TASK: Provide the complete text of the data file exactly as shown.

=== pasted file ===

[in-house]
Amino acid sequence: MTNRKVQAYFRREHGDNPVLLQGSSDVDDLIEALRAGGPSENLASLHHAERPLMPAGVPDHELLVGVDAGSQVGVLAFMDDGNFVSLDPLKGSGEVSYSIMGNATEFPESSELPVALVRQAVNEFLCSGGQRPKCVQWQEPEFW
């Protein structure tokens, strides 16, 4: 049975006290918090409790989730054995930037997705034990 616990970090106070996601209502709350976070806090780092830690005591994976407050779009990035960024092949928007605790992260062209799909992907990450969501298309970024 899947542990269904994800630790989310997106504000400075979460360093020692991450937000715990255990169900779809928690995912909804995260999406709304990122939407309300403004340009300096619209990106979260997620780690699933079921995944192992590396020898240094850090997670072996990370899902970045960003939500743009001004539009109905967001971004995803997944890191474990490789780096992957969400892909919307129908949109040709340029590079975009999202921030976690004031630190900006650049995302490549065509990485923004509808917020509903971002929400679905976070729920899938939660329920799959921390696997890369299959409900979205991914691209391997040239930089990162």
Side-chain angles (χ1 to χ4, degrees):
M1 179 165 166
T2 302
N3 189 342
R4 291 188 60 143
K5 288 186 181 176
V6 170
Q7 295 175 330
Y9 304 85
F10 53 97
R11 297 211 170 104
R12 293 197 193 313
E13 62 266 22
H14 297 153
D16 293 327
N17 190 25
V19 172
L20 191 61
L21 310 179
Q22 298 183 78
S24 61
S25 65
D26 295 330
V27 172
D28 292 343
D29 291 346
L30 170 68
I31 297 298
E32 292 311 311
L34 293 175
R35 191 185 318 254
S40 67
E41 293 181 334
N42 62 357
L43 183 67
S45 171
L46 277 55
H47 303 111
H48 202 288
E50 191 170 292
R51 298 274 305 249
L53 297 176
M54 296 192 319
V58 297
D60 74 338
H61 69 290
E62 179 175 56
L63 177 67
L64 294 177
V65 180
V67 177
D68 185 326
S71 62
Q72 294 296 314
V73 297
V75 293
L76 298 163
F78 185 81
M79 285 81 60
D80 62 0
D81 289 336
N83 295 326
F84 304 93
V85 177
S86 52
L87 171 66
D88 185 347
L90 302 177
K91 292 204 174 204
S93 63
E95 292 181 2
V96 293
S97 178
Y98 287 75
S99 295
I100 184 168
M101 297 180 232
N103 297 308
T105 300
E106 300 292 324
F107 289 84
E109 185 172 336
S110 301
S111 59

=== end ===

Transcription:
[in-house]
Amino acid sequence: MTNRKVQAYFRREHGDNPVLLQGSSDVDDLIEALRAGGPSENLASLHHAERPLMPAGVPDHELLVGVDAGSQVGVLAFMDDGNFVSLDPLKGSGEVSYSIMGNATEFPESSELPVALVRQAVNEFLCSGGQRPKCVQWQEPEFW
């Protein structure tokens, strides 16, 4: 049975006290918090409790989730054995930037997705034990 616990970090106070996601209502709350976070806090780092830690005591994976407050779009990035960024092949928007605790992260062209799909992907990450969501298309970024 899947542990269904994800630790989310997106504000400075979460360093020692991450937000715990255990169900779809928690995912909804995260999406709304990122939407309300403004340009300096619209990106979260997620780690699933079921995944192992590396020898240094850090997670072996990370899902970045960003939500743009001004539009109905967001971004995803997944890191474990490789780096992957969400892909919307129908949109040709340029590079975009999202921030976690004031630190900006650049995302490549065509990485923004509808917020509903971002929400679905976070729920899938939660329920799959921390696997890369299959409900979205991914691209391997040239930089990162």
Side-chain angles (χ1 to χ4, degrees):
M1 179 165 166
T2 302
N3 189 342
R4 291 188 60 143
K5 288 186 181 176
V6 170
Q7 295 175 330
Y9 304 85
F10 53 97
R11 297 211 170 104
R12 293 197 193 313
E13 62 266 22
H14 297 153
D16 293 327
N17 190 25
V19 172
L20 191 61
L21 310 179
Q22 298 183 78
S24 61
S25 65
D26 295 330
V27 172
D28 292 343
D29 291 346
L30 170 68
I31 297 298
E32 292 311 311
L34 293 175
R35 191 185 318 254
S40 67
E41 293 181 334
N42 62 357
L43 183 67
S45 171
L46 277 55
H47 303 111
H48 202 288
E50 191 170 292
R51 298 274 305 249
L53 297 176
M54 296 192 319
V58 297
D60 74 338
H61 69 290
E62 179 175 56
L63 177 67
L64 294 177
V65 180
V67 177
D68 185 326
S71 62
Q72 294 296 314
V73 297
V75 293
L76 298 163
F78 185 81
M79 285 81 60
D80 62 0
D81 289 336
N83 295 326
F84 304 93
V85 177
S86 52
L87 171 66
D88 185 347
L90 302 177
K91 292 204 174 204
S93 63
E95 292 181 2
V96 293
S97 178
Y98 287 75
S99 295
I100 184 168
M101 297 180 232
N103 297 308
T105 300
E106 300 292 324
F107 289 84
E109 185 172 336
S110 301
S111 59